The real trouble with the Minimum Sum…

…is that it was a knee-jerk reaction by the PAP, a manifestly inadequate attempt to correct a real and massive problem.

And what problem is that? Why, the problem of cannot retire, of course!

Consider this: Minister Tan says that the Minimum Sum of $155K is only enough to fund CPF Life’s payout of $1,200 monthly for about 10 years. He says $1,200 is practically the minimum one can retire on in Singapore, and that’s why the Minimum Sum (first implemented in 1987 at $30k) was raised to $120K (in 2003 dollars, now $155K in 2014 dollars) in 2013.

But the real problem with the Minimum Sum, especially the $120,000 in 2003 dollars, is that it ignores the real problem. That Singapore is way too expensive and CPF has lost its mission.

Many years ago, the PAP allowed CPF to be used for housing, then investment, then children’s education.

It seemed a good idea at the time, and it was very popular. To some, it allowed them to buy multiple properties without paying ‘cash’. To others, the low-income earners, it allowed them to buy their HDB flats and still have cash left over for renovations.

When property prices rose dramatically due to the release of CPF liquidity, PAP ministers even called it ‘asset enhancement’. PAP ministers even boasted that HDB flats were affordable because even young couples could own flats on a 30-year loan fully paid for by CPF.

No one seemed to realise then that the fact that people couldn’t afford to buy flats without draining on their retirement savings (aka CPF) signaled that something was terribly wrong with property prices in Singapore. No one seemed to realize that Singaporeans were draining their life savings away.

When they did, instead of reversing their policy, PAP decided to up the Minimum Sum to $120K (in 2003 dollars).

See the contradiction? You want people to save for retirement but you allow them to use their CPF money to buy property. We call this 自出矛盾。

The real problem is that Singapore is too darn expensive. Even the Economist can see that. The only people who can’t see that are the PAP.

Raising the Minimum Sum cannot solve this problem, especially if half the CPF members can’t meet it anyway. It’s a joke.

Locking people’s CPF savings away for 10 more years cannot solve this problem either. You force people to postpone retirement, but honestly, do you think that people can’t do their sums? Do you think that people can’t see that their meagre CPF savings won’t last them more than 3-5 years if they stopped working? Do you think aunties and uncles work at McDonald’s because you don’t allow them to withdraw all their CPF at 55? Or are they still working because they realize CPF no enough, even if you gave it to them at 55?

What worries me is that this Govt does not know how to solve the real problem of the world’s most expensive city, and the only thing they do is keep raising the Minimum Sum as if that will make our retirement happier. History has shown that one cannot solve a cost problem by simply getting people to save more.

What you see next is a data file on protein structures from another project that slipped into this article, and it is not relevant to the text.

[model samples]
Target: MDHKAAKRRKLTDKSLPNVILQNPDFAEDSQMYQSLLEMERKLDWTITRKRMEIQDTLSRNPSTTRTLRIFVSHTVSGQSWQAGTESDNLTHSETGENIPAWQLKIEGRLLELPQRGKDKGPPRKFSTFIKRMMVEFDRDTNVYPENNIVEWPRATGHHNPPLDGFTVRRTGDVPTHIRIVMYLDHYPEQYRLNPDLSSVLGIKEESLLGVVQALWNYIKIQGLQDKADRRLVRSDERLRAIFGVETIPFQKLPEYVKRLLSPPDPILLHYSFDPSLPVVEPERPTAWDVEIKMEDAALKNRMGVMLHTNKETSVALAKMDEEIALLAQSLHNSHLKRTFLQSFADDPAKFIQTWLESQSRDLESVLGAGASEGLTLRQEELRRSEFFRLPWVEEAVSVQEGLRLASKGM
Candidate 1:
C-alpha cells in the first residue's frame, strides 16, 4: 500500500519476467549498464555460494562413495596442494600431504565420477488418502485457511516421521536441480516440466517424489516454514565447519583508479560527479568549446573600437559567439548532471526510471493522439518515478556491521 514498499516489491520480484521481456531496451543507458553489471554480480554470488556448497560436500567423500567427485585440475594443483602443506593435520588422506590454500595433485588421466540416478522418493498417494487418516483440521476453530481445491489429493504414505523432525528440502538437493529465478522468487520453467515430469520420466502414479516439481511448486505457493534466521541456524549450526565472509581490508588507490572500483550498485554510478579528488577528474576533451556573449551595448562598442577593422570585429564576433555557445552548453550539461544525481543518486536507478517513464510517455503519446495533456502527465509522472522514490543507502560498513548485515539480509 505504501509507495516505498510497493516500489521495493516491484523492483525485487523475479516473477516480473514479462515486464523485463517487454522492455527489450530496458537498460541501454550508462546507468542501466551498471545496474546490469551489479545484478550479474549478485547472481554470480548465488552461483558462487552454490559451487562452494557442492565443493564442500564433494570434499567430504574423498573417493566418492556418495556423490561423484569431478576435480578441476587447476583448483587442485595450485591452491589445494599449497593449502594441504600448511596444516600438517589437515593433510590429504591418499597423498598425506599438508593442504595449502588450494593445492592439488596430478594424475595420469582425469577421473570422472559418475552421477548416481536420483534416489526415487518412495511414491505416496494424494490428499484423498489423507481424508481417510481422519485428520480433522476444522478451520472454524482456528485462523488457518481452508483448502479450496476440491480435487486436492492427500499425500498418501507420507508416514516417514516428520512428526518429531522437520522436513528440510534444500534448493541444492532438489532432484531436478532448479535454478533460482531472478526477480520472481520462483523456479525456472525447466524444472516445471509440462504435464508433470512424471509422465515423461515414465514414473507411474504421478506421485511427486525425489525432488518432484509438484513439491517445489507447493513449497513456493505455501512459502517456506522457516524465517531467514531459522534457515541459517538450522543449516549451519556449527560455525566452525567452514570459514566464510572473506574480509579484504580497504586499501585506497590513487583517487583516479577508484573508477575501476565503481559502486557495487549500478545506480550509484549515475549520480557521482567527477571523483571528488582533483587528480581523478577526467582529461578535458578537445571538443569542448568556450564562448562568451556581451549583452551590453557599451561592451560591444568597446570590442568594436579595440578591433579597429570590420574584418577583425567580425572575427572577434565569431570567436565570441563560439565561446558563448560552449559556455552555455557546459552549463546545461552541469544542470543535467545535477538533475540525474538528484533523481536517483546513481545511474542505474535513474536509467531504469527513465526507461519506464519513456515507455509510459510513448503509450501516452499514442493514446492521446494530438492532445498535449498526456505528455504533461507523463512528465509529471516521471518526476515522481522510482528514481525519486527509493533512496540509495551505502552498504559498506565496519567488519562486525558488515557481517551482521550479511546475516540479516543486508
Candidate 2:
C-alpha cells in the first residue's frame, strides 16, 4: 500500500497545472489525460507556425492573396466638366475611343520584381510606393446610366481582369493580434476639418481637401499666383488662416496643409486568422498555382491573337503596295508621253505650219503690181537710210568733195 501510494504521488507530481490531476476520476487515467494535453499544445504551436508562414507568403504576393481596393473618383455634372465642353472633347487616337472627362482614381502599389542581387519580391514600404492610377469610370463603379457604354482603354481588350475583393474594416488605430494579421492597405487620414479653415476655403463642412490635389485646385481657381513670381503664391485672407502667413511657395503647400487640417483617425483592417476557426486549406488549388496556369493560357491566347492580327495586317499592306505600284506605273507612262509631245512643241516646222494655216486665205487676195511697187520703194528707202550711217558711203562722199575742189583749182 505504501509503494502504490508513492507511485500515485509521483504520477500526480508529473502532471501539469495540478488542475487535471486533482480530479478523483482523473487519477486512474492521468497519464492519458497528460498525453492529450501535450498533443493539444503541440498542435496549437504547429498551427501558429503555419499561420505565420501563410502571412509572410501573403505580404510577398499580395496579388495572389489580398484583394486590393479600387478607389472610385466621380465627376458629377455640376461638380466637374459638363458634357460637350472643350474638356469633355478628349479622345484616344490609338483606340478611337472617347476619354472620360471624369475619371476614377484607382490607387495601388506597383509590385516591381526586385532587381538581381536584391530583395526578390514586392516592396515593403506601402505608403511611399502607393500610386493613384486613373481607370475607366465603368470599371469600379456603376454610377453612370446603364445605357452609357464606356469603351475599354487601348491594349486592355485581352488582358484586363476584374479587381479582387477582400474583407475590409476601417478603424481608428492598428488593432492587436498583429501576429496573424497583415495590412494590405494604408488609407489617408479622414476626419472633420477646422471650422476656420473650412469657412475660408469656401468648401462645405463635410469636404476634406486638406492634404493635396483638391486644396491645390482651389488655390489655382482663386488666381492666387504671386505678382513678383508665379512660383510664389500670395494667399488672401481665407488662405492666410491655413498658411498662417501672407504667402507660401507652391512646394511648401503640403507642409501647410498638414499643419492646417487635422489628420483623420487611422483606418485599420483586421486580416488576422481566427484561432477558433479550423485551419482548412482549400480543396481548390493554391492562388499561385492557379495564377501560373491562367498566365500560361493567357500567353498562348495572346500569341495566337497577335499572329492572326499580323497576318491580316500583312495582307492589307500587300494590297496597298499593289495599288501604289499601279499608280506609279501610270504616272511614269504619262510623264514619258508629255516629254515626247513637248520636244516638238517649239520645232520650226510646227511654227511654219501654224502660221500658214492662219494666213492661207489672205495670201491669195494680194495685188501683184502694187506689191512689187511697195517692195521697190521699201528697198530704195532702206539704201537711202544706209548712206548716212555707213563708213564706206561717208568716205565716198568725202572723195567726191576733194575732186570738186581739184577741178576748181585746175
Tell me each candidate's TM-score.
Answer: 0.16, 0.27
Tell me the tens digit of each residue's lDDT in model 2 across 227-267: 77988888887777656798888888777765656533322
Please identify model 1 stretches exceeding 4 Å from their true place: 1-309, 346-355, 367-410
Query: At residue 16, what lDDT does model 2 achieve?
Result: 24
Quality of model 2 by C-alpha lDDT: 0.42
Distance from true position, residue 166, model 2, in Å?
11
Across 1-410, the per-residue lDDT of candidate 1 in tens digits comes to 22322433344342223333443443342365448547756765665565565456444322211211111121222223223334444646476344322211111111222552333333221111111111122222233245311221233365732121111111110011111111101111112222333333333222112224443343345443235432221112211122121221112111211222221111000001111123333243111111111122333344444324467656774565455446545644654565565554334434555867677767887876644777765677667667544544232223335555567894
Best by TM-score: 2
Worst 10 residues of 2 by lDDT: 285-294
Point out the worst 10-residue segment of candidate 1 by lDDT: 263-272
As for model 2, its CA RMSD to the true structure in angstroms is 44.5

The real problem with the Minimum Sum is not that you cannot withdraw it at 55, or that the Govt keeps raising it, or that it’s being used to cover Temasek losses (as some conspiracy theorists allege).

The real problem is that even if you could withdraw it, it’s no longer enough for your retirement. And the big problem behind that is that this Govt has run out of ideas to make it possible for the average person to retire comfortably in Singapore, other than by raising the Minimum Sum.

PAP are like a bunch of animals in denial, who refuse to believe that Singapore is the most expensive city in the world, claim HDB flats are affordable and reading their CPF statements make them happy.

That is the real problem that the Minimum Sum represents.

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About politicalwritings

Someone who sees beyond PAP and "opposition" in Singapore politics. To understand more please see the Top 10 link below.
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8 Responses to The real trouble with the Minimum Sum…

  1. Pingback: The real trouble with the Minimum Sum... | SING...

  2. Xmen says:

    If the retirees require $1,200 a month to live on, why are there so many workers (e.g. cleaners)bringing home sub-$1,200 income?

    The PAP’s policies have suppressed wage growth over the past 2 decades. Now the chickens are coming home to roost and it is too late to address the living wage issue without severe structural pains.

  3. MaxChew says:

    Many may not be aware of this fact…..
    Our Ministers and top civil servants are all pensionable employees and therefore are excluded from the CPF minimum policy. All of them will enjoy instant withdrawal of their humongous CPF deposits on reaching age 55 even now. And of course they get their additional humongous monthly pension for life or have option to take a lump sum of millions if they so wish (most do).
    What hypocrites they be…..don’t do what I do, do what I tell you!
    I hope Roy Ngerng and Leong Tze Hian will expand further on this in the next rally next month.

  4. Pingback: Daily SG: 18 Jun 2014 | The Singapore Daily

  5. Tan Kok Tim says:

    “CPF Minimum Sum”

    This is in my blog.com and more at this link:

    http://tankoktim.blog.com/2014/06/13/cpf-minimum-sum-should-we-addresss-it-with-a-compassion-fund/

    Will the PAP Govt have the political will to address the CPF MS issue decisively?

    The MS was not in the original CPF scheme when it was introduced. The MS came about based on the report of the late Mr Howe Yoon Chong on concerns of a fast ageing Singaporean population.

    [Truncated for brevity]

  6. Jacky says:

    自相矛盾

  7. John says:

    Excellent write-up. Thanks.

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